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Killer Elite Review: It's Not a Proper Stathaming, but It Will Do

By Steven Lloyd Wilson | Film | September 23, 2011 |

By Steven Lloyd Wilson | Film | September 23, 2011 |

Killer Elite is the worst kind of movie for writing a review. It’s certainly not a good movie, but it’s so forgettable that there’s not much in particular to talk about. I suppose that it does exactly what it sets out to do, but that’s such a low bar that I’m not giving it a trophy just for showing up. But it’s not bad enough to warrant any bile, for something to be really bad it has to be interesting in some way because at least it pisses you off. Killer Elite is like a decent fast food hamburger. It tastes exactly like you think it will taste, fills you up, and then you forget about it because you’ve eaten that exact same hamburger once a month for your entire life. That doesn’t make it a bad meal, but you’re not going to write any letters to the editor about it one way or the other.

Jason Statham stars as Jason Statham, and the film is reasonably effective whenever he is Stathaming his way through the extras. He has a certain indescrible Stathamness that inherently makes any action scene more Stathamesque. Robert DeNiro seems like he has a good time as a senior Stathamer, and Clive Owen is convincing as the enemy Statham, though his terrible thin little mustache is hardly Stathamy.

Yvonne Strahovski plays the … well, she doesn’t really play anything. She looks fetching in shorts and does manage to cry, so I suppose that’s acting, but it wasn’t really her fault that the writers didn’t give her an actual character to play. I honestly didn’t recognize her during the film, though she looked terribly familiar. It was only when I sat down to write this and saw her name on the credits that I realized that I didn’t recognize her because I’d seen her before playing a strong and independent character and not a physical description.

The film is set in 1980, which allows mildly entertaining tidbits of retro cultural references, expunges most technology hand waving we would get contemporaneously, and allows the characters to drive delicious old school cars during the mandatory car chases. Oh and also because the true story upon which it is based supposedly happened then. When are they going to learn that tacking that crap onto the front actively makes the audience less engaged? The words “true story” do not make a patently absurd action movie somehow more plausible or dramatic.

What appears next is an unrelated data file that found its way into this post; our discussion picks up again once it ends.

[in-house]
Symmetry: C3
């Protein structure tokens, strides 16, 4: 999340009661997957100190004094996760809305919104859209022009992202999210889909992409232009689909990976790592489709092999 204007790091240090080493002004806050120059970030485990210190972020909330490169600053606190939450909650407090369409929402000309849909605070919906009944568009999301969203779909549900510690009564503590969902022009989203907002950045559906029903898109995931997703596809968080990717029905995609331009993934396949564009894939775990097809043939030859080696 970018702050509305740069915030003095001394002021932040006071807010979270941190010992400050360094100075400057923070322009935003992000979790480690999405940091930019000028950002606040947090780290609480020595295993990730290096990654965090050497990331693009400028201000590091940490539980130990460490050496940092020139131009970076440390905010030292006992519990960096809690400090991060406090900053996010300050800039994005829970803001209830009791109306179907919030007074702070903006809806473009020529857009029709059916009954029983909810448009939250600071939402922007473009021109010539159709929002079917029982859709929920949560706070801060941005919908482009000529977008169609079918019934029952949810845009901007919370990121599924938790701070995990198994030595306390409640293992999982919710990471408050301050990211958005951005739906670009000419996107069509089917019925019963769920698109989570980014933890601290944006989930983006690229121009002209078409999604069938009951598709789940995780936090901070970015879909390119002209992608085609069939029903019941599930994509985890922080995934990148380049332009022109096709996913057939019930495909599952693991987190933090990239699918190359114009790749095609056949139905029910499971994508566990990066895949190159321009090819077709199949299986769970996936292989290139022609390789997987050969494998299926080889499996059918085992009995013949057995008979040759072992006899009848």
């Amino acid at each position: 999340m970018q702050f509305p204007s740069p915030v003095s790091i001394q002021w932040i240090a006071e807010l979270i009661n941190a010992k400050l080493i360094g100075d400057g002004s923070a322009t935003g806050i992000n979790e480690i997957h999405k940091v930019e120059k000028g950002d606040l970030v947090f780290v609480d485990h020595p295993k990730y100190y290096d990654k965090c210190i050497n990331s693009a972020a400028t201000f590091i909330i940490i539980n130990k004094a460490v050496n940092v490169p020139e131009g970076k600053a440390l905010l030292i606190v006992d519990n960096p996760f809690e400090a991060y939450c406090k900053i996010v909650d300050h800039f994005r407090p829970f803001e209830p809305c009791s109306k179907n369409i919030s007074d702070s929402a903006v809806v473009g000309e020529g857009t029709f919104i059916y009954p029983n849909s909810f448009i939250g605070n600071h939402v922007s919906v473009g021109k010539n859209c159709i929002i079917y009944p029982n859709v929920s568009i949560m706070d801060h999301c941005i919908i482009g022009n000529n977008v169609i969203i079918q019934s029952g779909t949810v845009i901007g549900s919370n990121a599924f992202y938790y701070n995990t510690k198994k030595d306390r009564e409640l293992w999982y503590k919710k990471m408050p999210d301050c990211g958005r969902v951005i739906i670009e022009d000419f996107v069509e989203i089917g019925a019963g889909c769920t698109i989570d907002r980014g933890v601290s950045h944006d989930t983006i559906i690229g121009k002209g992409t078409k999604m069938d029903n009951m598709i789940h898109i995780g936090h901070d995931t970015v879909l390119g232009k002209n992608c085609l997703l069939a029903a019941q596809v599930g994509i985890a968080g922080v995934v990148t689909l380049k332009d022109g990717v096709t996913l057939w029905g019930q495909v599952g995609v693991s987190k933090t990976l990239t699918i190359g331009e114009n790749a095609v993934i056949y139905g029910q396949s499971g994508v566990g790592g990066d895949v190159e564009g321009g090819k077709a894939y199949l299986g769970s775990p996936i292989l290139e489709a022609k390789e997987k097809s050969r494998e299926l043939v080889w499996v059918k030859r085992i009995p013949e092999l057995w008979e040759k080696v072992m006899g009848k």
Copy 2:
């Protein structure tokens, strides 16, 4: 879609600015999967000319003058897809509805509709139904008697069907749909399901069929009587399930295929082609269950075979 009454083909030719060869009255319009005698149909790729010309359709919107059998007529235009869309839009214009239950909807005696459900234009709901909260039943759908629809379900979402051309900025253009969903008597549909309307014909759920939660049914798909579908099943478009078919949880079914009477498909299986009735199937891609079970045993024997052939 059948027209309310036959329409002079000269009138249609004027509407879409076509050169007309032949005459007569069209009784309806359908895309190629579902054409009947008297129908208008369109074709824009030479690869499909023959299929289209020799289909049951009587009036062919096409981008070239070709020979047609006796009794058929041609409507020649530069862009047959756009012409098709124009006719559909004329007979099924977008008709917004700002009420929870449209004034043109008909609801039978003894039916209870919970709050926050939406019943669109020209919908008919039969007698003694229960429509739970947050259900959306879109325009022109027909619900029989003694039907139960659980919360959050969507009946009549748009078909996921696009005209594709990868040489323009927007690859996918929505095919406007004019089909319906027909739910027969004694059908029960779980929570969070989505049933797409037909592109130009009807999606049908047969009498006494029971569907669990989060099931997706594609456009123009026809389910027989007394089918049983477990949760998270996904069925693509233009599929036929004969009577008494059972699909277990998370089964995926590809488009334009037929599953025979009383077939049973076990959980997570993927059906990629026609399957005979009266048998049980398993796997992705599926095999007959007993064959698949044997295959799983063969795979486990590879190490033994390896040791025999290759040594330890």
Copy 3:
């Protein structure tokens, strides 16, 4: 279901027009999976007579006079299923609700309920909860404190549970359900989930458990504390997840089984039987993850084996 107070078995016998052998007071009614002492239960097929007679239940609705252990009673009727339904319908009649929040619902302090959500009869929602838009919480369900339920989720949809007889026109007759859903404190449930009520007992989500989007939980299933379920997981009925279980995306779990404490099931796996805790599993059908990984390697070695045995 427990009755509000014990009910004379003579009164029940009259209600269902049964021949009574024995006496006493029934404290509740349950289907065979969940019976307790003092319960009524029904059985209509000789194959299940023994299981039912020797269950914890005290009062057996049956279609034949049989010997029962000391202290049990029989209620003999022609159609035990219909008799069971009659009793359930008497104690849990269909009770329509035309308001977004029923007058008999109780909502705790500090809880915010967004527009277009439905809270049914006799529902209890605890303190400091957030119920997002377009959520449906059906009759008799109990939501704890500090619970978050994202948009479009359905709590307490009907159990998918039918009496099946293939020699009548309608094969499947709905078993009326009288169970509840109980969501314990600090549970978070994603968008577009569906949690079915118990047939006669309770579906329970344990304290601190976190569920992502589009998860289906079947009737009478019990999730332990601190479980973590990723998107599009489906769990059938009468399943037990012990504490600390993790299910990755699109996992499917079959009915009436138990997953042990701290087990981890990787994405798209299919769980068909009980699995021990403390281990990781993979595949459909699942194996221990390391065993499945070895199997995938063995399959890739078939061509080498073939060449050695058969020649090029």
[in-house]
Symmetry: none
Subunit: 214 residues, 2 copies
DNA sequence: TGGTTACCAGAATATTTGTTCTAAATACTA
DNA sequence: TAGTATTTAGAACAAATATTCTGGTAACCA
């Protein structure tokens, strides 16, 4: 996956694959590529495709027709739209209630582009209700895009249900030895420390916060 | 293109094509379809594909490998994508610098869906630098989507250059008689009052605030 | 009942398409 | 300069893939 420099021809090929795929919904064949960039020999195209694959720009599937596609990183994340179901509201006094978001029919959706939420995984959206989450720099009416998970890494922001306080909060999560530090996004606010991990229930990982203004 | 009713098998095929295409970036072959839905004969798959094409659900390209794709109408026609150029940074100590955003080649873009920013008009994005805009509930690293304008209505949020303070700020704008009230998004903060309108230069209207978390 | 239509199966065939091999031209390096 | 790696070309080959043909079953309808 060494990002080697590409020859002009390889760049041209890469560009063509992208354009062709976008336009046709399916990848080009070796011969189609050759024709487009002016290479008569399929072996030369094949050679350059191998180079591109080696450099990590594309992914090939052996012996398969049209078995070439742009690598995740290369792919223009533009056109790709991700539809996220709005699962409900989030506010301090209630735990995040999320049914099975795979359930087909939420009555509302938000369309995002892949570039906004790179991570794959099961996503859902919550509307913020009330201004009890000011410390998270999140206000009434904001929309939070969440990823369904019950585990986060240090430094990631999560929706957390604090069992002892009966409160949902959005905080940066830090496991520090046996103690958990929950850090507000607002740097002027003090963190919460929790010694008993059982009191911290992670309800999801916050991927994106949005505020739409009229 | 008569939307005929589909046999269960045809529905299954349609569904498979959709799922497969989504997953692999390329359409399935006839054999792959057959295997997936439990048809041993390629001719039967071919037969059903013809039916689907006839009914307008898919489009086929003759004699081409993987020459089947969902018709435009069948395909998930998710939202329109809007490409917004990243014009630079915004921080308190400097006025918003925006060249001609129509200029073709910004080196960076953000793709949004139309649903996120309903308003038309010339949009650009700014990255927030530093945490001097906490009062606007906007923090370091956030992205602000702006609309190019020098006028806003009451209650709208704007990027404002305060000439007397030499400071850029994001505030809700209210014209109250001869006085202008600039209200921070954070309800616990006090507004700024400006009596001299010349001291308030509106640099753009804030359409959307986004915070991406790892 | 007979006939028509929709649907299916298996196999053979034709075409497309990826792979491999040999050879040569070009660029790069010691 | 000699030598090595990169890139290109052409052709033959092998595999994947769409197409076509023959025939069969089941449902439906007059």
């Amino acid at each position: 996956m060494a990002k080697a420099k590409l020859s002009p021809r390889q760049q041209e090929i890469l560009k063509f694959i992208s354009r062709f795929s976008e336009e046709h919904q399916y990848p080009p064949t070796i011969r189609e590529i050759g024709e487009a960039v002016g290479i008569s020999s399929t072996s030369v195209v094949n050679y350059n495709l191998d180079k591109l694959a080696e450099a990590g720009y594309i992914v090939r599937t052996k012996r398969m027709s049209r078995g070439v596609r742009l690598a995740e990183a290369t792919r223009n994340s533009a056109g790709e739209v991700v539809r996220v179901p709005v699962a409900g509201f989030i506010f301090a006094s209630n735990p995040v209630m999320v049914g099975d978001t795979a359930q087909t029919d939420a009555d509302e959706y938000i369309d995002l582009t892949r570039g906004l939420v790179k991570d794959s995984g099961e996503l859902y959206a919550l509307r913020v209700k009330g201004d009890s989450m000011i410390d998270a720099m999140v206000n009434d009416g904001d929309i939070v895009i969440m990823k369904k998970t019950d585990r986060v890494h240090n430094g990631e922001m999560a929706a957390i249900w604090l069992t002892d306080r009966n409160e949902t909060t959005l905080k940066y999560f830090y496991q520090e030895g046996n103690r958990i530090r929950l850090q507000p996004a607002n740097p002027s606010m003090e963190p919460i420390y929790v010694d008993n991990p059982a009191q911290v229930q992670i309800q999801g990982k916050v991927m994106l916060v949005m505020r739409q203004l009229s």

The movie suffers an immediate conflict between a decent premise and playing to its strengths. The premise is an assassin blackmailed into killing some former SAS soldiers while making the deaths look like accidents. The strength of the film is Statham. And a proper Stahaming is never going to be mistaken for an accident, so the film has to hold back instead of finding any steady rhythm.

The story certainly seems to think far more of itself than it deserves. Ooh, we’re an edgy movie because everyone is totally morally gray. No, just because you have Statham uttering cringing dialogue like “killing is easy, living with it is hard,” doesn’t make your film Unforgiven. There’s almost something deeper in there. The concept of a sort of secret alumni club of former members of the SAS is kind of intriguing in the context of an action film. And the grasps at making all sides essentially pawns in a larger and nefarious struggle has potential. There’s even a bit of moral conflict in the initial argument that the targets of the Staham are on the list essentially because they fought in a war. But none of those moral conflicts are allowed to play out in any meaningful way. It’s troublesome because the film doesn’t have the brains to actually be meaningful, but its half-assed attempts at meaning drag down whatever the action had going for it. And whatever merits of enjoyable action the first half of the film provides dissipate just about completely as the film runs off the rails in the last act. Random characters betraying each other and then having an evil monologue about oil contracts doesn’t make your film into Syriana any more than a spray tan cures rickets.

But for all that, Killer Elite is entertaining enough when it stays in the zone of a quick-moving action film. It’s when it stops to convince you that it’s smart that its three brain cells can’t keep up.

Steven Lloyd Wilson is a hopeless romantic and the last scion of Norse warriors and the forbidden elder gods. His novel, ramblings, and assorted fictions coalesce at You can email him here.

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Steven Lloyd Wilson is the sci-fi and history editor. You can email him here or follow him on Twitter.